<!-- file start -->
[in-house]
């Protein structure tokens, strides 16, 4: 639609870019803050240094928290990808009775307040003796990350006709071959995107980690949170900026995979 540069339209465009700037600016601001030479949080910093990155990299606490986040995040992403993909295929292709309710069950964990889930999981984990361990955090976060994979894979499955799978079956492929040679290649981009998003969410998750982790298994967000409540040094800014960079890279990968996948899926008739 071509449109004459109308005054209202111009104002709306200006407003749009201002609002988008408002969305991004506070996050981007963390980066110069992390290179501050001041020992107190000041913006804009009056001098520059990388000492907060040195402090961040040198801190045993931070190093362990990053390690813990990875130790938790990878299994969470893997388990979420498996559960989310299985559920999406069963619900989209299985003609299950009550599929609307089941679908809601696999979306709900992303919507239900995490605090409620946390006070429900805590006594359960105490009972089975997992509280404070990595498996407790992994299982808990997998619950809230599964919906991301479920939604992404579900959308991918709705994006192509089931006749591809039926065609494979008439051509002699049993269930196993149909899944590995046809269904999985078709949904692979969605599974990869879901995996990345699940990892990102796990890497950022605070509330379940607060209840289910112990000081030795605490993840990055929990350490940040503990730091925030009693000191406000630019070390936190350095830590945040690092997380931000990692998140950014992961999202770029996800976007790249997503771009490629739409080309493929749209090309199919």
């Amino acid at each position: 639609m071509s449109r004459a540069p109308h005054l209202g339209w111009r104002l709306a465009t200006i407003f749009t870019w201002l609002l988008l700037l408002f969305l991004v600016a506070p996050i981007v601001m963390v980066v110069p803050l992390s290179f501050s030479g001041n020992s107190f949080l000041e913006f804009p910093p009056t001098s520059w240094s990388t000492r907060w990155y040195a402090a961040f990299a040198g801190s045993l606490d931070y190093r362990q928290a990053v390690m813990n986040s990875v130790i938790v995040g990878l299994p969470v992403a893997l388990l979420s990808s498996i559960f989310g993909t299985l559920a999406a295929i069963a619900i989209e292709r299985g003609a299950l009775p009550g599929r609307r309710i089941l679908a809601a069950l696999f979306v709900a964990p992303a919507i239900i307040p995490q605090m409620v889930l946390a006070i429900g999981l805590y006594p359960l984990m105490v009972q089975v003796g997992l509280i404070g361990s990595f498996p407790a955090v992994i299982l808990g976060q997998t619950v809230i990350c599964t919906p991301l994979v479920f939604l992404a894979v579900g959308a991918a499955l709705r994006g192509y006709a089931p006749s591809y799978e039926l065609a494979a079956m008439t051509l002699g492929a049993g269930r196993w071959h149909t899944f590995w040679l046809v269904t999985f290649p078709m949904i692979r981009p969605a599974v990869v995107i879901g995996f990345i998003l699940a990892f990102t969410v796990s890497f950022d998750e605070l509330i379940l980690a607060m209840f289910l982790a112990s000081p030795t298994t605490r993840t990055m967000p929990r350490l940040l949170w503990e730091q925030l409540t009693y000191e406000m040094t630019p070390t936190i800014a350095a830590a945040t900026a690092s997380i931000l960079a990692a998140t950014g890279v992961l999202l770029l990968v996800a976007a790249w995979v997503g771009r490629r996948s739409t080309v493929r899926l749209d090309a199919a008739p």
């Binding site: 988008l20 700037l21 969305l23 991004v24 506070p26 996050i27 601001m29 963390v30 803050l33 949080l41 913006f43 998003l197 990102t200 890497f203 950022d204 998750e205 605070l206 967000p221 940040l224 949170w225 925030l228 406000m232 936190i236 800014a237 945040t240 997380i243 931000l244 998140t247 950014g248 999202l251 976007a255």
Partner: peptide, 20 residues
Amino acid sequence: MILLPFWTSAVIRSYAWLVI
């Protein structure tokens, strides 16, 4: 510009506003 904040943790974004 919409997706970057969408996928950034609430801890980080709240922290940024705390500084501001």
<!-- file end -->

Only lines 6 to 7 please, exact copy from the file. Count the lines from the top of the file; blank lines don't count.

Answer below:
Amino acid sequence: MILLPFWTSAVIRSYAWLVI
């Protein structure tokens, strides 16, 4: 510009506003 904040943790974004 919409997706970057969408996928950034609430801890980080709240922290940024705390500084501001």